A first-order languages has words and phrases (expressions) belonging to four types/type families.
- function - determined by degree
- predicate - determined by degree.
Note that the last two types can only have words as members, i.e., we cannot create elements of these types. So for a fixed language, there are only a fixed number of types. Usually functions and predicates have degrees $1$ or $2$, so there are only about $6$ types of expressions.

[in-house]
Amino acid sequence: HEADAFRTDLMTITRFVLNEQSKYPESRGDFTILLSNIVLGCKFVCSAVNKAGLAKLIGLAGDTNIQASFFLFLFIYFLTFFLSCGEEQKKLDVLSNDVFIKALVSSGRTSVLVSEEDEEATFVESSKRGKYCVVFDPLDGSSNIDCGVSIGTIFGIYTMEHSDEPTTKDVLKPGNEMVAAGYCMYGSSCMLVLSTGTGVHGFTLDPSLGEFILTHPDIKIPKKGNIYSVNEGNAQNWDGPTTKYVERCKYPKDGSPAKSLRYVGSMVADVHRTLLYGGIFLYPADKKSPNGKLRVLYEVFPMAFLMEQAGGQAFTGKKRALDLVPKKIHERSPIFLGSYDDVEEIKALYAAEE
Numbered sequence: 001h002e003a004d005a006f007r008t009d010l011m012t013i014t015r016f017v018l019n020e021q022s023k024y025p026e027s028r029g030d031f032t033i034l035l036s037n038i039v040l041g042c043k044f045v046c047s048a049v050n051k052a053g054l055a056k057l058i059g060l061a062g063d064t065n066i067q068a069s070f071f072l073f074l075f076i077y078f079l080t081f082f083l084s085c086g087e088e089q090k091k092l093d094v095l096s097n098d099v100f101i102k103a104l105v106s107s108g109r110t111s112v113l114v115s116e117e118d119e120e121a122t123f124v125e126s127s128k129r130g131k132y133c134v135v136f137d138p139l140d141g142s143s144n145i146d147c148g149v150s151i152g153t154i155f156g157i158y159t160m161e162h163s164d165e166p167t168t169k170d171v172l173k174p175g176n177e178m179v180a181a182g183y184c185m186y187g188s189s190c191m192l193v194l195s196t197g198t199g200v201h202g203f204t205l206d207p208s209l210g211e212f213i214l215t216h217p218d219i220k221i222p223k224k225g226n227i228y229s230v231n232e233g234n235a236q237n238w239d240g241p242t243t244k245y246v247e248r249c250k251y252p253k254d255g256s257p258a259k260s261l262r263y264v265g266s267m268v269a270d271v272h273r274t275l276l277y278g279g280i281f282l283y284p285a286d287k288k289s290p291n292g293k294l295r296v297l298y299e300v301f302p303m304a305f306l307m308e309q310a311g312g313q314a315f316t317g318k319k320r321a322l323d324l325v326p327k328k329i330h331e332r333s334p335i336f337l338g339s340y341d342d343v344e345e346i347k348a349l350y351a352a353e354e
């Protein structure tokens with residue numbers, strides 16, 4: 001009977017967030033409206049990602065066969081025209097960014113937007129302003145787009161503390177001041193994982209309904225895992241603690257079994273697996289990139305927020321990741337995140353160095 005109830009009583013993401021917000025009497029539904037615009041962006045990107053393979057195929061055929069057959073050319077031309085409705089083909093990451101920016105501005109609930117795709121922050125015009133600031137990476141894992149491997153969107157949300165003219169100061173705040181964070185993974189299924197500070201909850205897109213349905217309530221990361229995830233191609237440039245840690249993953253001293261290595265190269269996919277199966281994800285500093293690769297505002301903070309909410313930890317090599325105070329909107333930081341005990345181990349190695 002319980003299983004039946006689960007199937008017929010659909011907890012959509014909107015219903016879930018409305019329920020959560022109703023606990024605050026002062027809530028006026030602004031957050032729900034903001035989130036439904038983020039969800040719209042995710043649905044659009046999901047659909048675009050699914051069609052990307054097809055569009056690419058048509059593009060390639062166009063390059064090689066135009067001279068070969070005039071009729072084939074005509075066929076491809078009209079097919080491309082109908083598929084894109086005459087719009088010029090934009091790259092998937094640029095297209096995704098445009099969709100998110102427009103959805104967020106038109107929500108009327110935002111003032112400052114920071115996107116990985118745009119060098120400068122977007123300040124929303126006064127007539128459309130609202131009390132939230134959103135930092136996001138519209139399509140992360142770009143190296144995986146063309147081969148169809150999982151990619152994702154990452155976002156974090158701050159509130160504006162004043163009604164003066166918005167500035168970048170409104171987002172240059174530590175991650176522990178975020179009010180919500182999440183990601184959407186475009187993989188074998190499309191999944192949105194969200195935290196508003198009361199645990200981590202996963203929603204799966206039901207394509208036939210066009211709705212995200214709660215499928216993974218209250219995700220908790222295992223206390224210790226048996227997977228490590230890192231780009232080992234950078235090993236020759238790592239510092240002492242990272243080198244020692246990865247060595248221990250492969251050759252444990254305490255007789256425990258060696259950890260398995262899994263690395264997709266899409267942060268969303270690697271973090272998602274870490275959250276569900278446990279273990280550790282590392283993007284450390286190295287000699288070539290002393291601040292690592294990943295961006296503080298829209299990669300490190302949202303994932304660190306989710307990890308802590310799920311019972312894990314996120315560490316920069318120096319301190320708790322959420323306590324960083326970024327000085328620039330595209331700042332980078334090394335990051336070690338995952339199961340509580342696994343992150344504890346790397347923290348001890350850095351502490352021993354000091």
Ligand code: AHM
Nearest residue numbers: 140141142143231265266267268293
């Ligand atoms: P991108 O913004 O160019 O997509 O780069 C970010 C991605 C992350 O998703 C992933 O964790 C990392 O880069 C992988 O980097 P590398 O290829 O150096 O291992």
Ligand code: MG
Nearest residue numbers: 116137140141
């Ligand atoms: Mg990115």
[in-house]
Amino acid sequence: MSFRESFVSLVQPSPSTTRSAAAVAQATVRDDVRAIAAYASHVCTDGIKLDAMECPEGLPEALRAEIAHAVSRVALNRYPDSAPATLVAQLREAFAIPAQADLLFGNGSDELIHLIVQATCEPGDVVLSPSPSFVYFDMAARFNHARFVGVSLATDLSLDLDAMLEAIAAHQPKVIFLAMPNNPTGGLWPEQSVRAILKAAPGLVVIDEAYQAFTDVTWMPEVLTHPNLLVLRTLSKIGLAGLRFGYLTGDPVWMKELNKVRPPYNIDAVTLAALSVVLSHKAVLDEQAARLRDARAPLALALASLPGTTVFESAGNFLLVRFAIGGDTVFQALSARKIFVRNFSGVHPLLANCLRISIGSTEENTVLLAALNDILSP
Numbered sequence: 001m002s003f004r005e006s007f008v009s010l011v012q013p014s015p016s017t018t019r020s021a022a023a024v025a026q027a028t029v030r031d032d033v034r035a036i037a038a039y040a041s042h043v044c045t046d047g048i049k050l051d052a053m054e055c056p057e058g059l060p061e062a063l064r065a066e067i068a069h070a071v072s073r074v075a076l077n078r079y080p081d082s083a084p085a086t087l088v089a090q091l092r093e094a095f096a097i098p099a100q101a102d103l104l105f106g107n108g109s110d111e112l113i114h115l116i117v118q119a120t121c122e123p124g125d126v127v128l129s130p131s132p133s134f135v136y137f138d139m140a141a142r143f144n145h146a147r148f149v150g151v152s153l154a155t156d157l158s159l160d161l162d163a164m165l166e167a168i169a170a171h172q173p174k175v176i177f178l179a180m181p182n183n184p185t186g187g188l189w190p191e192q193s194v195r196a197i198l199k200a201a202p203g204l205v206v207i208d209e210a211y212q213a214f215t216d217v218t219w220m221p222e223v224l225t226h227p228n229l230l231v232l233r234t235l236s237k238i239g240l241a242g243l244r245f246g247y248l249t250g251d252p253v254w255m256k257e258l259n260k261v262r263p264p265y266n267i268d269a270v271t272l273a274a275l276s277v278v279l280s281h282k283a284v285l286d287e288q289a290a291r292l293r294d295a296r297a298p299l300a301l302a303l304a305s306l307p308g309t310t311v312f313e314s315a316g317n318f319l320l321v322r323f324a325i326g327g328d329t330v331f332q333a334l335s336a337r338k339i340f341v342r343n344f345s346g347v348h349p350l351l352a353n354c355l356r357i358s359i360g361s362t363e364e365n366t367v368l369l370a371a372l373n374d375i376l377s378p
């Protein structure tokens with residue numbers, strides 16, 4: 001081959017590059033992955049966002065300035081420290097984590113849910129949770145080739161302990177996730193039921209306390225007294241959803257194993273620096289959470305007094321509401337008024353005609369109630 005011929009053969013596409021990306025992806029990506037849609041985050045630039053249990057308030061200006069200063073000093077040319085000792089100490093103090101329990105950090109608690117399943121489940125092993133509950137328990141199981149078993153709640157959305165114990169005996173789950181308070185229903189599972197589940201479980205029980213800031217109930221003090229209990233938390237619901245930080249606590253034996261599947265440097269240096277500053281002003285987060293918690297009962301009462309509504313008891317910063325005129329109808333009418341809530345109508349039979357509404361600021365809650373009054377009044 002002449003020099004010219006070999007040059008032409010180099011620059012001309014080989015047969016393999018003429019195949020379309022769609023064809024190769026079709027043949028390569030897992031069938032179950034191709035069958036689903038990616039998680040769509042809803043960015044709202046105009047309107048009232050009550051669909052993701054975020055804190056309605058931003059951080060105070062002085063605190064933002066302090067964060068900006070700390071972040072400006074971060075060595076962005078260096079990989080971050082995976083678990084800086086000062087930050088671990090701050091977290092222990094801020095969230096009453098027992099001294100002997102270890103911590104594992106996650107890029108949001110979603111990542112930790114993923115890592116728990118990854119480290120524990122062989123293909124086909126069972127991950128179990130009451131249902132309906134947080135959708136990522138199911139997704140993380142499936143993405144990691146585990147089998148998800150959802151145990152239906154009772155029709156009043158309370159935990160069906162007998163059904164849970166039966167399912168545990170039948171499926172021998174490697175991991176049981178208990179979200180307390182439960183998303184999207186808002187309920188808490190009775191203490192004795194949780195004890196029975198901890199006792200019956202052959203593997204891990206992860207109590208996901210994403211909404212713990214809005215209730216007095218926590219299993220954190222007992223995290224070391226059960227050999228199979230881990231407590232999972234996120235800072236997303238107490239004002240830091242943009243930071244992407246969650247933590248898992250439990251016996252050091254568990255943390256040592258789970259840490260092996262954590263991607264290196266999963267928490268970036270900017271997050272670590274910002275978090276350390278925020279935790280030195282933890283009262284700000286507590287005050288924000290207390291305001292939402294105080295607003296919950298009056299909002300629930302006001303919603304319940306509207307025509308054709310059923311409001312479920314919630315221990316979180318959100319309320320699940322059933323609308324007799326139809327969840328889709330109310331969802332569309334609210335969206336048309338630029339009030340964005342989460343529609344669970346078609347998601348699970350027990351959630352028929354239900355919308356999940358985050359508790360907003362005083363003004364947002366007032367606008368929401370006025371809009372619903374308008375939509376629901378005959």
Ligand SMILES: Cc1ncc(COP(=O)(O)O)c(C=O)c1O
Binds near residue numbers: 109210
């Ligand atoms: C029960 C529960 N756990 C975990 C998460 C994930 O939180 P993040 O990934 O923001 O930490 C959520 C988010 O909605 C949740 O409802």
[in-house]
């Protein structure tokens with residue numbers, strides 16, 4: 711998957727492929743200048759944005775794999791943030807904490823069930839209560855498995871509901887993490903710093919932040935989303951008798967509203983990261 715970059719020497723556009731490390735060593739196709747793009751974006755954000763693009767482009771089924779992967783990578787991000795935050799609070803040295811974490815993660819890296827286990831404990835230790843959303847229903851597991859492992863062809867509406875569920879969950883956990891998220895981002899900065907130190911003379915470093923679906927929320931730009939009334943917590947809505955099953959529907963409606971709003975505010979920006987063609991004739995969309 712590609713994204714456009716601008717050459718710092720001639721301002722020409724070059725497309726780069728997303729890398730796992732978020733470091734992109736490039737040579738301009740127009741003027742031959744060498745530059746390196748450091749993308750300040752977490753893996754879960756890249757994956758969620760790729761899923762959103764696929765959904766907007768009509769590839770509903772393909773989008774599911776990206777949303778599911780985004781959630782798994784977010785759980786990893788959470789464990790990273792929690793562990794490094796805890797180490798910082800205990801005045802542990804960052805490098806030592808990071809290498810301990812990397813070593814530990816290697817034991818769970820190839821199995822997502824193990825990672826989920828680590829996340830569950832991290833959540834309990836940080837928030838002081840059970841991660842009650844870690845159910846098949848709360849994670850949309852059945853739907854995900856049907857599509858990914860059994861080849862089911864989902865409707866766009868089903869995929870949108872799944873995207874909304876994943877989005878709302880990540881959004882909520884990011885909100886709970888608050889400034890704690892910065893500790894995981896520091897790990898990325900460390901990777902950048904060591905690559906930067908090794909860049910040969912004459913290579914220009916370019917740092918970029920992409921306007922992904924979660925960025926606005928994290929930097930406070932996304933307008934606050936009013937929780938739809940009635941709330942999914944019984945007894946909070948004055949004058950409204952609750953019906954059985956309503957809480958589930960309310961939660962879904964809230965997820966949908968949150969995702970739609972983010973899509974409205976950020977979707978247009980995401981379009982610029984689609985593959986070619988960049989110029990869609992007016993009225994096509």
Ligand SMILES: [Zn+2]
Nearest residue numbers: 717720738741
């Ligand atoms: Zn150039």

The formation rule for new phrases are entirely in terms of the types of its constituent words/phrases, and there are typically only about $6$ such types. This means the language is not very expressive.
Consequences of low expressiveness
Depending on ones objective, there are two ways to cope with lack of expressiveness.
- In weakly typed or dynamically typed programming languages, a lot of expressions are permitted (at compile time, or even run time) but lead to errors.
- In mathematics, one embeds actually mathematics in the not very expressive language of set theory paying the price of being verbose and opaque.